Bava Kamma Chapter One Mishnah One

 

Introduction

The first mishnah in Bava Kamma serves as an introduction to the first six chapters of the tractate.  As such, if all of the details are unclear now, they will hopefully become clearer as we continue to learn.  The mishnah discusses four primary causes of injury, literary “fathers of injuries”.  These are archetypal causes of injury mentioned in the Torah, from which we will learn many other types of injury and subsets of laws in the following chapters.

 

Mishnah

1.                     There are four primary causes of injury:  the ox and the pit and the crop-destroying beast and fire. 

2.                     [The distinctive feature of] the ox is not like [that of] the crop-destroying beast, nor is [the distinctive feature of] either of these, which are alive, like [that of] fire, which is not alive; nor is [the distinctive feature of] any of these, whose way it is to go forth and do injury, like [that of] the pit, whose way it is not to go forth and do injury. 

3.                     What they have in common is that it is their way to do injury and that you are responsible for caring over them; and if one of them did injury whoever [is responsible] for the injury must make restitution [to the damaged party] with the best of his land.

 

Explanation

The four causes of injury mentioned in the first clause mishnah are all derived from the Torah:  the ox (Exodus 21:35-36), the pit (Exodus 21:33-34), the crop-destroying beast (Exodus 22:4) and fire (Exodus 22:5).  The mishnah then goes raises a question generally asked in midrashic texts (texts that explain the Torah): why does the Torah need to mention all four types of injury?  In other words, why couldn’t the Torah have mentioned one, two or three primary causes of injury, from which we would have learned the rest?  The Rabbis believed that no law in the Torah was superfluous and therefore each must come to teach us something that we could not have learned from the other laws.  The mishnah therefore explains that each “cause of injury” has its unique characteristic and therefore we would not have been able to derive the laws of the other causes of damages without all four examples in the Torah.  Note how the mishnah is both dependent on, yet independent from the Torah.  This is typical of Jewish oral Torah; it explains the Torah yet it can usually be understood on its own.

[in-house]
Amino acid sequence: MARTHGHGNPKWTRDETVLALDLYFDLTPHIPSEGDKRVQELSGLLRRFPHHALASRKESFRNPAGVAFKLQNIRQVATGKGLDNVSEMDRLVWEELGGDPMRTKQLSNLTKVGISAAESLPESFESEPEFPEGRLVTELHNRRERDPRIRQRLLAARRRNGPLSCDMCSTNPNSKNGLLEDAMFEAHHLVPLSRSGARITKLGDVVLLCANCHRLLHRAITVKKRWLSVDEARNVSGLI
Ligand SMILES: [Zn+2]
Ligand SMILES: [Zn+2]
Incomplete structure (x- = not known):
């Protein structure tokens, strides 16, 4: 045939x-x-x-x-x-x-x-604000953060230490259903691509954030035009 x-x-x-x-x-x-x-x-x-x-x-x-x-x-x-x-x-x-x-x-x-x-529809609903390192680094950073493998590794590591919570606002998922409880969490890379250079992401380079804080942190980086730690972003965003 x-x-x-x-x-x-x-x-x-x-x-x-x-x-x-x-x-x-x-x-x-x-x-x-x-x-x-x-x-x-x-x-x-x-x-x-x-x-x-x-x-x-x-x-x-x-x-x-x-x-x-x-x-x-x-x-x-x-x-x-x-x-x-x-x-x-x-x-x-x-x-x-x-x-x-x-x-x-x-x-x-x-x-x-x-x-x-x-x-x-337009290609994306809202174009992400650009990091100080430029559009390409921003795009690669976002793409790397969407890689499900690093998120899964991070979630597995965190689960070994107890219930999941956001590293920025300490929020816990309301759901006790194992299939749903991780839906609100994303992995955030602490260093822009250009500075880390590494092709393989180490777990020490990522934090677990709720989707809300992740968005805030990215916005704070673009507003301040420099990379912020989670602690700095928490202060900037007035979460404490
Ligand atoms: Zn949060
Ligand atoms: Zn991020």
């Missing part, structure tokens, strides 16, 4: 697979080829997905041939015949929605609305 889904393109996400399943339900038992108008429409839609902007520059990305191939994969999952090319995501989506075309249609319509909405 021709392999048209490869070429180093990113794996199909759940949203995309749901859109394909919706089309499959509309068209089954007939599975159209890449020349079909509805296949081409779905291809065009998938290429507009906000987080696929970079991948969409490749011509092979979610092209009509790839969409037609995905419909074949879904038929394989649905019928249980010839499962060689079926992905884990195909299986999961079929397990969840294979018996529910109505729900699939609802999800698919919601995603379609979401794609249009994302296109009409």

Questions for further thought:

·                      What type of injury does an ox cause?  What therefore is the difference between an ox and a crop-destroying beast?

·                      The Mishnah tells you things that you are obligated to watch and that if they are yours and they injure you will have to pay the damaged party.  Is there anything you can already imagine for which a person will not be obligated if it causes damage?

 

(We will learn the answers to these questions as we go on, but it is worthwhile to start thinking of them now).

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